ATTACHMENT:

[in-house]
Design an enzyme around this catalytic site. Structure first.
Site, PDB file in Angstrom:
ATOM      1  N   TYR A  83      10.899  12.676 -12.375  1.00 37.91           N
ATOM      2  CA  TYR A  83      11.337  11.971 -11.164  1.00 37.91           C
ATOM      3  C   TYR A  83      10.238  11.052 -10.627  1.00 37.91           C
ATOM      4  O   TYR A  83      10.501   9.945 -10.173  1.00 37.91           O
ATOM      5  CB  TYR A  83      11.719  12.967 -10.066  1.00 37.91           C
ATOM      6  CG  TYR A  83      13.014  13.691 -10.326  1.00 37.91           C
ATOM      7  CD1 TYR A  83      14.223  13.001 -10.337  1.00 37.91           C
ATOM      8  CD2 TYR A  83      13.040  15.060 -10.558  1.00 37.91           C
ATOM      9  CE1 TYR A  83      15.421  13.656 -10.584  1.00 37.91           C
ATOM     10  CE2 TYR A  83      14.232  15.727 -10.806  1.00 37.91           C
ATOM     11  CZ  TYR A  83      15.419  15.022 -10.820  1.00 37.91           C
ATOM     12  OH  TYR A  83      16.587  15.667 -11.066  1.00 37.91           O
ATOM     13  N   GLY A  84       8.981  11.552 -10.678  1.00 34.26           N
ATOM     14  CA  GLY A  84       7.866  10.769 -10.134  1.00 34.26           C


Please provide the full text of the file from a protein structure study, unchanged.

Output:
[in-house]
Design an enzyme around this catalytic site. Structure first.
Site, PDB file in Angstrom:
ATOM      1  N   TYR A  83      10.899  12.676 -12.375  1.00 37.91           N
ATOM      2  CA  TYR A  83      11.337  11.971 -11.164  1.00 37.91           C
ATOM      3  C   TYR A  83      10.238  11.052 -10.627  1.00 37.91           C
ATOM      4  O   TYR A  83      10.501   9.945 -10.173  1.00 37.91           O
ATOM      5  CB  TYR A  83      11.719  12.967 -10.066  1.00 37.91           C
ATOM      6  CG  TYR A  83      13.014  13.691 -10.326  1.00 37.91           C
ATOM      7  CD1 TYR A  83      14.223  13.001 -10.337  1.00 37.91           C
ATOM      8  CD2 TYR A  83      13.040  15.060 -10.558  1.00 37.91           C
ATOM      9  CE1 TYR A  83      15.421  13.656 -10.584  1.00 37.91           C
ATOM     10  CE2 TYR A  83      14.232  15.727 -10.806  1.00 37.91           C
ATOM     11  CZ  TYR A  83      15.419  15.022 -10.820  1.00 37.91           C
ATOM     12  OH  TYR A  83      16.587  15.667 -11.066  1.00 37.91           O
ATOM     13  N   GLY A  84       8.981  11.552 -10.678  1.00 34.26           N
ATOM     14  CA  GLY A  84       7.866  10.769 -10.134  1.00 34.26           C